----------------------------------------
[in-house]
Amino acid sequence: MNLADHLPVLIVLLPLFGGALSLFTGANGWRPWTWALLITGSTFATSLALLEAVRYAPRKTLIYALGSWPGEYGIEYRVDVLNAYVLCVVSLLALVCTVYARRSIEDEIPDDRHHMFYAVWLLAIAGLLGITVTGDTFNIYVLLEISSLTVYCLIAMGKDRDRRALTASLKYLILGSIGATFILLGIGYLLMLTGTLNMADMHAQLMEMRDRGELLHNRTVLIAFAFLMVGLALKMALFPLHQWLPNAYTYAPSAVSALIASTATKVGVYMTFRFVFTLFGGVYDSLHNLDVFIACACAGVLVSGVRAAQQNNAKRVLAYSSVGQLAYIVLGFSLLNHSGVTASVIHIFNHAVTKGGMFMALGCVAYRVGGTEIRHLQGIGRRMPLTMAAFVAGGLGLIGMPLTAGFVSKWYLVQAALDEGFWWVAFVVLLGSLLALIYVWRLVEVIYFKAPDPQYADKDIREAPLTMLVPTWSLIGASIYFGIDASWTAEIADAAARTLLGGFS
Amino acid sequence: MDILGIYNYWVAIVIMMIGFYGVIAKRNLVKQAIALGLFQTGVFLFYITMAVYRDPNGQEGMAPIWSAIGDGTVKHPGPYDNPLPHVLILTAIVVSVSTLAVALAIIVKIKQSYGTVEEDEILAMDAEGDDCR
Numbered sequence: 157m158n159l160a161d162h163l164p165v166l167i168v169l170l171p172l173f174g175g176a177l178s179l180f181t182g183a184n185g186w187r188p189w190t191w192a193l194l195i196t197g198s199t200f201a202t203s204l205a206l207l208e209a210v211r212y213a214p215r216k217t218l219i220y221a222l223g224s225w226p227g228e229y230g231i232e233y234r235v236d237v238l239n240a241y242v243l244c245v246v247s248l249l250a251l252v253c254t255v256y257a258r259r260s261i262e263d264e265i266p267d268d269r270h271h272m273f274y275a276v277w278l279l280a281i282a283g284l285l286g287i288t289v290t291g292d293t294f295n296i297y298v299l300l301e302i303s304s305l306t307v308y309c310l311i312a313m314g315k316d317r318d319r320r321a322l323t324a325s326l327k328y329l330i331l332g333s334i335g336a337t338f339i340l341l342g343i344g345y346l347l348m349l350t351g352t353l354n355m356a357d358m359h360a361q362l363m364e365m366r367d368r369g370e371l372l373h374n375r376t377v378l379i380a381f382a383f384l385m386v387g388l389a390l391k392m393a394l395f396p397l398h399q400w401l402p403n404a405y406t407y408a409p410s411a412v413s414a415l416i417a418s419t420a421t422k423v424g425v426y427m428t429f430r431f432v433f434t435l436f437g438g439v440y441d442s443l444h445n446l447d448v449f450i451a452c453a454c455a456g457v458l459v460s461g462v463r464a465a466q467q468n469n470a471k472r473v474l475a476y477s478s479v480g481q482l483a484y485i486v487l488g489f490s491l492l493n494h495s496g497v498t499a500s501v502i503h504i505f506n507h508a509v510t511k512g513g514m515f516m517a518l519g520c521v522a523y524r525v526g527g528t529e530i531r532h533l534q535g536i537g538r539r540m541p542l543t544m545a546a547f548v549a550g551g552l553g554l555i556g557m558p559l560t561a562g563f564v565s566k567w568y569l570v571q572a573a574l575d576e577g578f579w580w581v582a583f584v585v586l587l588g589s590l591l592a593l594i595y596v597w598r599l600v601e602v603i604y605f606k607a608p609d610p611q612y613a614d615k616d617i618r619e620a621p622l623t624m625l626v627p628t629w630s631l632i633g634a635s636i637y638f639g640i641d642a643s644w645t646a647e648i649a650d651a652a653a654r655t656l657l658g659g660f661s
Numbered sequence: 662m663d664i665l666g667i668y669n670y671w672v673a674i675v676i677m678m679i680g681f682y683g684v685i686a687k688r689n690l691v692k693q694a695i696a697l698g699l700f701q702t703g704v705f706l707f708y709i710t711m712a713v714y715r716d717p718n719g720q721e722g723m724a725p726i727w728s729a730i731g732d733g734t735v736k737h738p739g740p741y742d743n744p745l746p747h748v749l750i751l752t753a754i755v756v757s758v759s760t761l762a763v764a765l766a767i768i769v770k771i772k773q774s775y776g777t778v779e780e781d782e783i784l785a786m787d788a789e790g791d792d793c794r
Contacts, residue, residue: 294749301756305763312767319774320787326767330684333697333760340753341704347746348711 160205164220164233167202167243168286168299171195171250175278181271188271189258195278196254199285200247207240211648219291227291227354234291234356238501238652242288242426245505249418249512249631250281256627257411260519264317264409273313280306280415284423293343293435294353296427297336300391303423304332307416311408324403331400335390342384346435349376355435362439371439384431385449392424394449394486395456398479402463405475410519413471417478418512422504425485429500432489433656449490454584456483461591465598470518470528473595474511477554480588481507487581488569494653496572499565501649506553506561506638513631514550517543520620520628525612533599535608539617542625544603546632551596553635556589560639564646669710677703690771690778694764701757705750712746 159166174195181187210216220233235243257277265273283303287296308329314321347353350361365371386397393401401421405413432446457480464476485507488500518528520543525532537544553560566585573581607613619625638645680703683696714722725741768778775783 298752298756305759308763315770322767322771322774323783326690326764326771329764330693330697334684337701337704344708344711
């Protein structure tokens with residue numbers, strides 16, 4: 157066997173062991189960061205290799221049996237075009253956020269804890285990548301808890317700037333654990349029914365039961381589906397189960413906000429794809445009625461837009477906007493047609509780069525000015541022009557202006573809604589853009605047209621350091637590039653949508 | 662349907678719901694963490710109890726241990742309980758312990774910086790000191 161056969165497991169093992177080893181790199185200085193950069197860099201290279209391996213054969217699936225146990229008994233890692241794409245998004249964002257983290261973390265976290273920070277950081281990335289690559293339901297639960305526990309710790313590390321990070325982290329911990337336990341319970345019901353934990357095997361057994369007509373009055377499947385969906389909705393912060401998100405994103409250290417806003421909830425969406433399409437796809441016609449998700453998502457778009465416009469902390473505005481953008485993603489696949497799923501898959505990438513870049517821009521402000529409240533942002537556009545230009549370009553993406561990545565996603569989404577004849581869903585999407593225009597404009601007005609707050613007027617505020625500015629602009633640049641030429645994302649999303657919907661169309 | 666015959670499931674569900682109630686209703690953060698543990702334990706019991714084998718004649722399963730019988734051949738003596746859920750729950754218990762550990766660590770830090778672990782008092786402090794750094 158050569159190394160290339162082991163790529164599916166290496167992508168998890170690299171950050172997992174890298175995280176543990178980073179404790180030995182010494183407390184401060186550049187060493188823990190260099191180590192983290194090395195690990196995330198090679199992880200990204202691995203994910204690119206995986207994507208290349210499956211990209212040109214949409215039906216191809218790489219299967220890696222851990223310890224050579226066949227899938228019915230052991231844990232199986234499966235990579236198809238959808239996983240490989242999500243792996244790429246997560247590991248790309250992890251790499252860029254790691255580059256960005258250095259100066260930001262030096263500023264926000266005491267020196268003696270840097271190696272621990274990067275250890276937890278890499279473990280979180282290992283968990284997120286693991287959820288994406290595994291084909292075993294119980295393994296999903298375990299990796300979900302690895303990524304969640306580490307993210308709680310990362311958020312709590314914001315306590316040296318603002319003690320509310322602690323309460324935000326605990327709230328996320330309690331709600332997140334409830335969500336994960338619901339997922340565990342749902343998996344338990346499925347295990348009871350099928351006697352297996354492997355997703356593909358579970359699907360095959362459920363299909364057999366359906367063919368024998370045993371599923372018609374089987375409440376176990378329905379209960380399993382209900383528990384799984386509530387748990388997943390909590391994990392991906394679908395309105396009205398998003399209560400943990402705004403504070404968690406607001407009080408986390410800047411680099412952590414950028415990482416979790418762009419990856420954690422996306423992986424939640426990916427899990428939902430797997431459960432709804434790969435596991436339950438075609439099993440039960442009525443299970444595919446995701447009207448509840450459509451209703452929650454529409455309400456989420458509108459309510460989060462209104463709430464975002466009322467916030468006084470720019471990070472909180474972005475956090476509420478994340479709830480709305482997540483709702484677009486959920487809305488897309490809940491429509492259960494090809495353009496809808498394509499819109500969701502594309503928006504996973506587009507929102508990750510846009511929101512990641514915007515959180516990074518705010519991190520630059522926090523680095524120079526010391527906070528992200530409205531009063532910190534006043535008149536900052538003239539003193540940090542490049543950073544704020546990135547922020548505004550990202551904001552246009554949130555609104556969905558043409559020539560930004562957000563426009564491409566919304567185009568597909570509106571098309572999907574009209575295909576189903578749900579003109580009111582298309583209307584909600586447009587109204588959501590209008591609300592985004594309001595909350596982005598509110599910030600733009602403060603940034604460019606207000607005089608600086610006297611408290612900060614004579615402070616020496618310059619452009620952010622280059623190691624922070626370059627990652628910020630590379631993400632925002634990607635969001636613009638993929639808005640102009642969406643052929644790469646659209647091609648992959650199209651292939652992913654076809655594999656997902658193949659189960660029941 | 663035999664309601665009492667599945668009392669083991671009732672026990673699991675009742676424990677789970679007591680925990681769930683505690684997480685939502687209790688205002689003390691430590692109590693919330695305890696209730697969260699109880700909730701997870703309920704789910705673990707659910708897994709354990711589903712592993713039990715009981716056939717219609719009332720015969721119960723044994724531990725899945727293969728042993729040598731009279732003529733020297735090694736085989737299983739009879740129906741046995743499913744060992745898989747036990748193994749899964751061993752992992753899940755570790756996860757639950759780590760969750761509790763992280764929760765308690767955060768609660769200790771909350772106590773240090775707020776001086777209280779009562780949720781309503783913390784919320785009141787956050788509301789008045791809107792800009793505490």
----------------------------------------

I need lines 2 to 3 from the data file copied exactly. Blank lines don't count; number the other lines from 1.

Amino acid sequence: MNLADHLPVLIVLLPLFGGALSLFTGANGWRPWTWALLITGSTFATSLALLEAVRYAPRKTLIYALGSWPGEYGIEYRVDVLNAYVLCVVSLLALVCTVYARRSIEDEIPDDRHHMFYAVWLLAIAGLLGITVTGDTFNIYVLLEISSLTVYCLIAMGKDRDRRALTASLKYLILGSIGATFILLGIGYLLMLTGTLNMADMHAQLMEMRDRGELLHNRTVLIAFAFLMVGLALKMALFPLHQWLPNAYTYAPSAVSALIASTATKVGVYMTFRFVFTLFGGVYDSLHNLDVFIACACAGVLVSGVRAAQQNNAKRVLAYSSVGQLAYIVLGFSLLNHSGVTASVIHIFNHAVTKGGMFMALGCVAYRVGGTEIRHLQGIGRRMPLTMAAFVAGGLGLIGMPLTAGFVSKWYLVQAALDEGFWWVAFVVLLGSLLALIYVWRLVEVIYFKAPDPQYADKDIREAPLTMLVPTWSLIGASIYFGIDASWTAEIADAAARTLLGGFS
Amino acid sequence: MDILGIYNYWVAIVIMMIGFYGVIAKRNLVKQAIALGLFQTGVFLFYITMAVYRDPNGQEGMAPIWSAIGDGTVKHPGPYDNPLPHVLILTAIVVSVSTLAVALAIIVKIKQSYGTVEEDEILAMDAEGDDCR